Documents detailing the effect of the proposed flyover on Wellington's public transport network were laid bare before a board of inquiry yesterday.
They predicted that, by 2021, buses will be able to get from Adelaide Rd to Cambridge Terrace a minute quicker than they do today during the 7am to 9am morning peak, given 1180 vehicles will be using the flyover instead of the Basin roundabout.
During the 4pm to 6pm evening peak, bus trips are forecast to be 40 seconds quicker.
One of the New Zealand Transport Agency's stated reasons for building a highway flyover, 20 metres north of the Basin, is to improve public transport.
Greater Wellington Regional Council transport planner Nick Sargent told the board that the flyover alone would not make a monumental difference in this area.
But with state highway traffic out of the equation, there would be enough room to eventually build dedicated bus lanes around the Basin roundabout, he said.
Those lanes, along with new rapid-transit buses, would shorten bus trips between the CBD and southeastern suburbs by between seven and 10 minutes.
Fellow council planner Andrew Campbell told the board that, even though the initial one-minute time saving sounded small, it could have big repercussions for ratepayers.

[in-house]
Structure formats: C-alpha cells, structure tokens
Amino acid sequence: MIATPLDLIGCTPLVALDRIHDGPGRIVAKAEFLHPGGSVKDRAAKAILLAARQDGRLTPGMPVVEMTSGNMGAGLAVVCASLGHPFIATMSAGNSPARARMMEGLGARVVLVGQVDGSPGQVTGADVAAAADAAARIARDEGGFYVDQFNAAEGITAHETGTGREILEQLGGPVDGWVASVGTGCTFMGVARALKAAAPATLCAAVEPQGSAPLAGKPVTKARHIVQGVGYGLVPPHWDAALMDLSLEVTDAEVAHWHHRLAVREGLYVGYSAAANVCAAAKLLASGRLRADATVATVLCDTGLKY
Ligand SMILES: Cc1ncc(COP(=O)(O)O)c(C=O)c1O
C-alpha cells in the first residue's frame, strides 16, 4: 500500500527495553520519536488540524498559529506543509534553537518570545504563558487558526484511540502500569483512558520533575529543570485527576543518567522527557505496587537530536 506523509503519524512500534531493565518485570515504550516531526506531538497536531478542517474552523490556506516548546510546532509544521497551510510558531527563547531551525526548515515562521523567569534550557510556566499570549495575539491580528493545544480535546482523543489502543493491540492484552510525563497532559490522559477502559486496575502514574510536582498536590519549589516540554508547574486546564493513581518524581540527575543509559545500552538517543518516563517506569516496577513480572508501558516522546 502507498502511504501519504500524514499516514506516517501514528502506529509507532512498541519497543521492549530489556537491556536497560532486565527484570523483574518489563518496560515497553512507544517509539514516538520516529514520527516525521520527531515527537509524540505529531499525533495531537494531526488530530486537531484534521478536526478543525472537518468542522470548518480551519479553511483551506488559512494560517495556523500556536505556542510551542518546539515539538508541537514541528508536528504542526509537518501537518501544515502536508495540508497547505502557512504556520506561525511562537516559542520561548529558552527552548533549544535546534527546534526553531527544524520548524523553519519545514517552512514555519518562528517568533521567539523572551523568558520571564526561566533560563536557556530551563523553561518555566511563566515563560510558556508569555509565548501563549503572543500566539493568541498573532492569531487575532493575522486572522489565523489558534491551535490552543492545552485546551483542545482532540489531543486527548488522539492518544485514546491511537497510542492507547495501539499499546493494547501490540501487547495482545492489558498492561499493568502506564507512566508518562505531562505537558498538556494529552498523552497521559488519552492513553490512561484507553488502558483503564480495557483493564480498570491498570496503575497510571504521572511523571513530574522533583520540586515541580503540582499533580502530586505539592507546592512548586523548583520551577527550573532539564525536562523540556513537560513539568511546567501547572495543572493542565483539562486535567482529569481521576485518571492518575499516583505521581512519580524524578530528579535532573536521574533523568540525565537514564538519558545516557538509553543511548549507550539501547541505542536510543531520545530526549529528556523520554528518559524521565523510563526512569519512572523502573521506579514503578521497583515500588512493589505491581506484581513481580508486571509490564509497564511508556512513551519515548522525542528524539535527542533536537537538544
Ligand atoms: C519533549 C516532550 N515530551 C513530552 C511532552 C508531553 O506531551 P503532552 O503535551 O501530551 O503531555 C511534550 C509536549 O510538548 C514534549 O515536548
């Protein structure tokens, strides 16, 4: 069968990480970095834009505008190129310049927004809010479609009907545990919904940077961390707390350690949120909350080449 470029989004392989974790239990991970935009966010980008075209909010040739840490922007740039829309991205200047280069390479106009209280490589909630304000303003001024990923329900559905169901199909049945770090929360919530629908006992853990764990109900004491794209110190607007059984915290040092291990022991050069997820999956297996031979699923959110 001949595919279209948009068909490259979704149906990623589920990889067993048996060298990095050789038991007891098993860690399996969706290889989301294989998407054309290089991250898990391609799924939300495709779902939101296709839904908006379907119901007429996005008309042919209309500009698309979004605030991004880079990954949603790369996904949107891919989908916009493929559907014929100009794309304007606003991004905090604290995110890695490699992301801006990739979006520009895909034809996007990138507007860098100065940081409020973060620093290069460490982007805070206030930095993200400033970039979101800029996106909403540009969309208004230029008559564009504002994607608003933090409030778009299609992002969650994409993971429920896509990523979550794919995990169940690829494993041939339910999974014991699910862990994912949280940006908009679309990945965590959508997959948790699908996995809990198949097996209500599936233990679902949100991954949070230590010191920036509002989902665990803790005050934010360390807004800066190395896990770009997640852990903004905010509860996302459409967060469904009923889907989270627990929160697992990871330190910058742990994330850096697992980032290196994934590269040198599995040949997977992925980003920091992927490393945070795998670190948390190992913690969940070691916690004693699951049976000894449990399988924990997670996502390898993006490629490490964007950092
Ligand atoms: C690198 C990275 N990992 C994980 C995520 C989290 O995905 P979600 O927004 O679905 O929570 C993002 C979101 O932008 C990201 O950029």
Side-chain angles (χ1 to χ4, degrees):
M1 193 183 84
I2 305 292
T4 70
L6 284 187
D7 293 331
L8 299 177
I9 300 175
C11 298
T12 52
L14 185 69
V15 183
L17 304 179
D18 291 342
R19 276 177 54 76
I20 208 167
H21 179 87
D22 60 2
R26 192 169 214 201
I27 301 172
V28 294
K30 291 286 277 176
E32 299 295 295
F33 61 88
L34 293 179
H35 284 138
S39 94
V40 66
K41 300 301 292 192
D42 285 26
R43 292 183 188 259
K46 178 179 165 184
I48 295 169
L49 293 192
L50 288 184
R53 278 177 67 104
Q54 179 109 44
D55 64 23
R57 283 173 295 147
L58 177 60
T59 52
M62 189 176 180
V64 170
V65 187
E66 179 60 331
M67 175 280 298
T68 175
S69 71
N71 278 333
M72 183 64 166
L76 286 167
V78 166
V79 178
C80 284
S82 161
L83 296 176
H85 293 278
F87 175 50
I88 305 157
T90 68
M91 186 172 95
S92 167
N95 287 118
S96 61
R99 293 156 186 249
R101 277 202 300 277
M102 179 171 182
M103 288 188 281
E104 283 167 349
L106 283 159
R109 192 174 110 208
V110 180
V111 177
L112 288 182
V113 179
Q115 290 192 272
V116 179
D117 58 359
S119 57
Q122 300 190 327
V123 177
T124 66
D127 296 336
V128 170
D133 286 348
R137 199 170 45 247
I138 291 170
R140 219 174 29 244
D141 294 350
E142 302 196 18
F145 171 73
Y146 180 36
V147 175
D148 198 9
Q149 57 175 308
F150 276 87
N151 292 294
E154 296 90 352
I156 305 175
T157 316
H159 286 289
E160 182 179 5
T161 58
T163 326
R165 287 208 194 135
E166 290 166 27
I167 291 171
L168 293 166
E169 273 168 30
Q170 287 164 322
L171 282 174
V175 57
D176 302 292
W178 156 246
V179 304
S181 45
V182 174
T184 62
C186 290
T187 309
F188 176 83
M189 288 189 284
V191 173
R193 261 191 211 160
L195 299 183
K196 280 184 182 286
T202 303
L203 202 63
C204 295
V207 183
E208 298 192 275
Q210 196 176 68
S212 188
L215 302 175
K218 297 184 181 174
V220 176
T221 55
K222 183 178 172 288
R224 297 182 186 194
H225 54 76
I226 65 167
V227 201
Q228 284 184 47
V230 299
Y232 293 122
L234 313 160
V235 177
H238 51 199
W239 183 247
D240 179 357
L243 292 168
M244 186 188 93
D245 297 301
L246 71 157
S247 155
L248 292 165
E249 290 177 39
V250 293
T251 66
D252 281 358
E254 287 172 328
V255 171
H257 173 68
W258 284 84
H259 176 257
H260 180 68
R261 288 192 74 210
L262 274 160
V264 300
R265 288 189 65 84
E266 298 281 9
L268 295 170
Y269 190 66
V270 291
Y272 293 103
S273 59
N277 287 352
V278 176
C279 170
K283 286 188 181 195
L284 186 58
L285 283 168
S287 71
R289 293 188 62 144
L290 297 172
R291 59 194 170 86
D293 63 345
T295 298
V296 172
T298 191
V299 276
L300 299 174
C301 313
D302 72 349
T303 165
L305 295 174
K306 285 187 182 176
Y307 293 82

Knocking a minute off each service would allow the council to tighten up the bus schedule and potentially operate fewer peak-time buses, which cost $75,000 a year.
Mr Sargent said that currently about 36 per cent of all vehicle trips into the CBD from Kilbirnie and Newtown were on public transport.
With the bus rapid-transit network in place, that was expected to increase to 41 per cent by 2031.
When the board questioned whether that was particularly ambitious, Mr Sargent said it was considering driving would be a lot more attractive in 2031.
Cars were expected to be more fuel-efficient by then, and other roading projects such as Transmission Gully would have quickened the drive into Wellington city.
Board member James Baines asked whether a bus rapid-transit network could be built around the Basin without the flyover in place.
"Yes, it could be done," Mr Sargent replied. "But the accumulation of dis-benefits to other motorists would be so astronomical that I would be laughed out of anywhere I suggested it."
Public Transport Around the Basin
About 2000 public transport users traverse the Basin each morning (7am to 9am) on their way from the southern and eastern suburbs to the Wellington CBD.
They share that journey with about 5400 vehicles heading north and 1180 vehicles heading west on State Highway 1.
Average public transport travel speeds around the Basin during the morning peak are 20kmh northbound and 14kmh southbound.
Bus users' morning commute will be 60 seconds faster thanks to the Basin Reserve flyover.
- © Fairfax NZ News
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